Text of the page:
Fact Check

Heliotrope Warning

The flowering plant heliotrope is toxic to dogs and can cause death to those who ingest it?

Published April 22, 2013


Claim:   The flowering plant heliotrope is toxic to dogs and can cause death to those who ingest it.


Example:   [Collected via Facebook, 2013]

FB friends, we got the biopsy report back and with great sorrow I must share this... Our darling girl died from the toxin in this plant that I have on my deck. It is called heliotrope and is highly toxic, causes total liver destruction. The pathologist said our angel had the worst liver damage he's ever seen. Goldie would nibble at the leaves of this plant every so often and we had no clue it was toxic. (It can come in white or purple.) Please share with any dog owners you know to hopefully prevent their dog from becoming a statistic like Goldie. We are even more heartbroken now knowing her death was preventable. Please share her story so that something positive may come of it and create awareness of toxic plants. Our own vet had no idea this was a toxic plant!!

Origins:   Heliotropium is a genus of flowering plants which includes a few hundred different species commonly known as "heliotropes," the most well known version being a plant that produces pink-purple flowers as shown above. Heliotropes are generally found in the eastern U.S. from Florida up to New Jersey, and sometimes as far north as northern New England.

The ASPCA's Animal Poison Control Center article on heliotropes lists them as a substance which is toxic to horses and can induce liver failure in equines:

The plant is not very palatable, but will be eaten by animals with no other forage; poisonings typically occur from ingestion of green plant material or material in hay. The toxic components can cause liver failure, referred to as "walking disease" or "sleepy staggers". Signs include weight loss, weakness, sleepiness, yawning, incoordination, yellowish discoloration to mucous membranes (icterus), neurologic problems secondary to liver failure (aimless walking, chewing motions, head pressing). Animals may appear to be normal at first, then become suddenly affected; the syndrome progresses rapidly over a few days to a week.

The ASPCA's listing does not declare the heliotrope to be toxic to dogs, however. Likewise, other sources mention the toxic effects of heliotrope on horses, pigs, and cows but make no mention of dogs:

This plant should be considered toxic as it contains the pyrrolizidine alkaloids; lycopsamine, intermedine, and echiumine. Ingestion can cause severe illness and possibly death in horses, swine, and cattle. The alkaloids are potent liver toxins that under some conditions can be carcinogenic. For horses that have ingested a potentially lethal amount of the plant and/or are suffering advanced symptoms the illness has been termed "walking disease" or "sleepy staggers". The name being a reference to the fact that affected horses may appear blind and wander aimlessly, walking in circles or bumping into objects. Other visible symptoms that are typically associated with severe intoxication include: muscle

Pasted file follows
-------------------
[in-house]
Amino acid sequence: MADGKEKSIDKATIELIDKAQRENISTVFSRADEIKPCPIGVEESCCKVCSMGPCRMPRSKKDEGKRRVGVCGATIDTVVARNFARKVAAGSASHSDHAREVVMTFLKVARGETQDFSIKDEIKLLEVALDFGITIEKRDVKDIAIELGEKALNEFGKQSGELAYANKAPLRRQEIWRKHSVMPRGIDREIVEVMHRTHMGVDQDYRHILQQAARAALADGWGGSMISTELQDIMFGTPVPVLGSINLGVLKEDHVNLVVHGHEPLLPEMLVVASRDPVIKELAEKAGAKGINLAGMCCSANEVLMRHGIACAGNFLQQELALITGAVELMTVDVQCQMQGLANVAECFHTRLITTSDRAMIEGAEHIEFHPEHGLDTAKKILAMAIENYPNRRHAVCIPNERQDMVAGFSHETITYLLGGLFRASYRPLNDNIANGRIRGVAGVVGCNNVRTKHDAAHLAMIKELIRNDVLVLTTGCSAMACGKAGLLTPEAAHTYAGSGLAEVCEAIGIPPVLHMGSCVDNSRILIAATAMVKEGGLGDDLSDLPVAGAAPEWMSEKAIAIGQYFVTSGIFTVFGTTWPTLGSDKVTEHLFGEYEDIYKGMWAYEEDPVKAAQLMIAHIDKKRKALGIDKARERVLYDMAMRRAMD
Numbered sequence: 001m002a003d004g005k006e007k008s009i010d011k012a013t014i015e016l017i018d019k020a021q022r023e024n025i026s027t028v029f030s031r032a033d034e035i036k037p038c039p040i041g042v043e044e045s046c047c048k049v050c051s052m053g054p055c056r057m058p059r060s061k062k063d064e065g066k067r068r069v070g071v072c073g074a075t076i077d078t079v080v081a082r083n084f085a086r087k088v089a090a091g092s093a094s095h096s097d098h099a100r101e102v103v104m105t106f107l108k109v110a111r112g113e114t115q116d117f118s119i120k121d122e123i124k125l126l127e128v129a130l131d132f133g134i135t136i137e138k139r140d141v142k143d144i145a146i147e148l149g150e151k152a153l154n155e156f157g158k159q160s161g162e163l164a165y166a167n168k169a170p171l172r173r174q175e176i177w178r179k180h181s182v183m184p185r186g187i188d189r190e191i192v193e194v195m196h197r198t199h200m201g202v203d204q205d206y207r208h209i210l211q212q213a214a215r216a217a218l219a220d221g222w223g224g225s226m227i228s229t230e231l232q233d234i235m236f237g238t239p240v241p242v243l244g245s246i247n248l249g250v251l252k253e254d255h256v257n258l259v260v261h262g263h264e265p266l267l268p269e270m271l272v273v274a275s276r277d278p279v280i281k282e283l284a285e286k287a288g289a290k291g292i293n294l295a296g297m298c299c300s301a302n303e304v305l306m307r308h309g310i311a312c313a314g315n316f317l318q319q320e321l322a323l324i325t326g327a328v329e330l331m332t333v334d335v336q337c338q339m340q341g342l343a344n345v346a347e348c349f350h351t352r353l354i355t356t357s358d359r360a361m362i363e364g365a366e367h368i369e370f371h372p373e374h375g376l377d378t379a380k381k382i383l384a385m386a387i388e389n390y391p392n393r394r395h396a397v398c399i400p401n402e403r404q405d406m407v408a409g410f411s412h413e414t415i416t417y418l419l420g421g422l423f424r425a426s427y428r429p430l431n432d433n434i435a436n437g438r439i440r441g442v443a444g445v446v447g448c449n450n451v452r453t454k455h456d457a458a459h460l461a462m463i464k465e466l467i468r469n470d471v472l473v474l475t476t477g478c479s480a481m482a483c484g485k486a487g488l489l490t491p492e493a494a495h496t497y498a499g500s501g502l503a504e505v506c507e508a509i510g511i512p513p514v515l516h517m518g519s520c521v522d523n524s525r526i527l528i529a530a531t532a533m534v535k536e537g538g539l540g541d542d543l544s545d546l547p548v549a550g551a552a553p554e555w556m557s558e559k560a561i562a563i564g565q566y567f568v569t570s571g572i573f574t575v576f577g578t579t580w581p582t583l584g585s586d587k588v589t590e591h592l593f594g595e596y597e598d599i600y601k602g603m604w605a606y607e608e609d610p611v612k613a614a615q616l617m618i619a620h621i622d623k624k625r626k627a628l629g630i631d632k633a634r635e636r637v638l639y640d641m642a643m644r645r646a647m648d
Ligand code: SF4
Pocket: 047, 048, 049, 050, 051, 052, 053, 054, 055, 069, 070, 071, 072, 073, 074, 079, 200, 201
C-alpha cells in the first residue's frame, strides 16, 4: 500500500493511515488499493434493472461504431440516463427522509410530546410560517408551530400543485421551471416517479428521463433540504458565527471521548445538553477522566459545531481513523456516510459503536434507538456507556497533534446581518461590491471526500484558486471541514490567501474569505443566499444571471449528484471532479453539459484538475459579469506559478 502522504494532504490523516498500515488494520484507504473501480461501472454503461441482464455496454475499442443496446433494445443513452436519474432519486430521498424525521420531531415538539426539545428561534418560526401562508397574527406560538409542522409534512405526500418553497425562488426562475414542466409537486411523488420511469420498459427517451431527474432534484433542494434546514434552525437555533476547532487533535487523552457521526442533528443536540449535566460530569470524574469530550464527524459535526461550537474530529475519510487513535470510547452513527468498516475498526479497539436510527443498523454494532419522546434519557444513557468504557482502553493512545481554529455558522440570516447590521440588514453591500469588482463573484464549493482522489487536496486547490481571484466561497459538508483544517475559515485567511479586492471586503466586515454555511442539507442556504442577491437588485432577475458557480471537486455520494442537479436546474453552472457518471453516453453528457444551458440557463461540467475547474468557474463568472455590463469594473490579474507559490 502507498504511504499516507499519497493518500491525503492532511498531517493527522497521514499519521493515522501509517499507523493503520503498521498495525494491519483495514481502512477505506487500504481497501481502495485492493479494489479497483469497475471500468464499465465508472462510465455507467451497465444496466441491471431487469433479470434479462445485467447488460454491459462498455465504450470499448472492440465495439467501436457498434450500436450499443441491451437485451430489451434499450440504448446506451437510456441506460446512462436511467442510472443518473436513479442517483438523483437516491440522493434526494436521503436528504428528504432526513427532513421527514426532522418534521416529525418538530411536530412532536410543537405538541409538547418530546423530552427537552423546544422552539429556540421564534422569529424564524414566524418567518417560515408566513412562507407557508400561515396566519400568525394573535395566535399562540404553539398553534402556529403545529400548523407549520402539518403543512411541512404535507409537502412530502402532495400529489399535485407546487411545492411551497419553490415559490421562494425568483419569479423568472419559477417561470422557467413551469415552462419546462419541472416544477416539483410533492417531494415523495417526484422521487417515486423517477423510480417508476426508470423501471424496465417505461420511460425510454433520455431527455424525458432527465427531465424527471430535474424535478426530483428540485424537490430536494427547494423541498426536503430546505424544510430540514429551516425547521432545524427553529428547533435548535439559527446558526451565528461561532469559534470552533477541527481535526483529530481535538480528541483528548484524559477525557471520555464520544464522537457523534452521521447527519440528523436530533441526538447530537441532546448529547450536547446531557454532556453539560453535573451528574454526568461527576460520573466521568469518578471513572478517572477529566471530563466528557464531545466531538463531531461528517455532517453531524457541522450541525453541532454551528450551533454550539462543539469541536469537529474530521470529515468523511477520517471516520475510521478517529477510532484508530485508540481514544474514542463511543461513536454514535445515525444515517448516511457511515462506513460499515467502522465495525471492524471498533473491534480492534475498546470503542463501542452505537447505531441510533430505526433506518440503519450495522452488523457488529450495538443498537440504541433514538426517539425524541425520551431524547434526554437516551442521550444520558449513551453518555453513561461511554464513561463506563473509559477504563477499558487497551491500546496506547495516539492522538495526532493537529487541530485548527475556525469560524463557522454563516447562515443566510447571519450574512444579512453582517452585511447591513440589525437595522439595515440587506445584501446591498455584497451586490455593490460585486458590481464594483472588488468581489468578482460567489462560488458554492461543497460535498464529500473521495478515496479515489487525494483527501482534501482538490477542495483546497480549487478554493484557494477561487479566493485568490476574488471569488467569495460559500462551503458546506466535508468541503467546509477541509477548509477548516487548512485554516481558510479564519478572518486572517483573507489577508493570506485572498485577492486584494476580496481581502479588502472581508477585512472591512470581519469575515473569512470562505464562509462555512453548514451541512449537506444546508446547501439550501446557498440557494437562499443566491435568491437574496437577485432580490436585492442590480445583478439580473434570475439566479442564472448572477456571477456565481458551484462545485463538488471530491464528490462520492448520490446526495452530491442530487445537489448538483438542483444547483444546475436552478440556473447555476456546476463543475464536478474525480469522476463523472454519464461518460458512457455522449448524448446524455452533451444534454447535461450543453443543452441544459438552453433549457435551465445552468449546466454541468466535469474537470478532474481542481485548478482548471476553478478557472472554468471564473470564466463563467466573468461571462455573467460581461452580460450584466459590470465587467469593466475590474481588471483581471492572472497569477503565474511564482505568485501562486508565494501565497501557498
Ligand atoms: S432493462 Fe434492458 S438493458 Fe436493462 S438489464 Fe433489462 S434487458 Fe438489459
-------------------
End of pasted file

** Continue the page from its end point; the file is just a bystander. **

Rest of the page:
tremors, especially of the head and neck; frequent yawning, copper colored or red urine, difficulty or inability to swallow, horses may stop eating halfway through a mouthful of food; horses may stand with their heads held down, head pressing, dragging of the hind legs, causing the hooves to have worn tips, random attacks of frenzy and violent, uncontrollable galloping.

Once an animal begins to show signs of severe intoxication there is little that can be done to stop disease progression and inevitable liver damage. As a result prevention is the best treatment option. Luckily the plant is not very palatable and most animals will completely ignore it unless no other forage is available. Poisonings typically occur from ingestion of the green plant or when the plant becomes a contaminant in hay. Always check hay for signs of contaminants and ensure animals are provided plenty of quality hay and feed, if animals are left to graze ensure the pasture provides plenty of non hazardous plants to forage upon.

A good default is to assume that any plant can be toxic or cause an allergic reaction in your pet. If your dog or cat is nibbling on the leaves of something, take it away and check to find out if it's harmful. The ASPCA lists 448 plants known to be toxic to dogs, cats, and horses, and many of these are common houseplants.

Last updated:   22 April 2013

David Mikkelson founded the site now known as snopes.com back in 1994.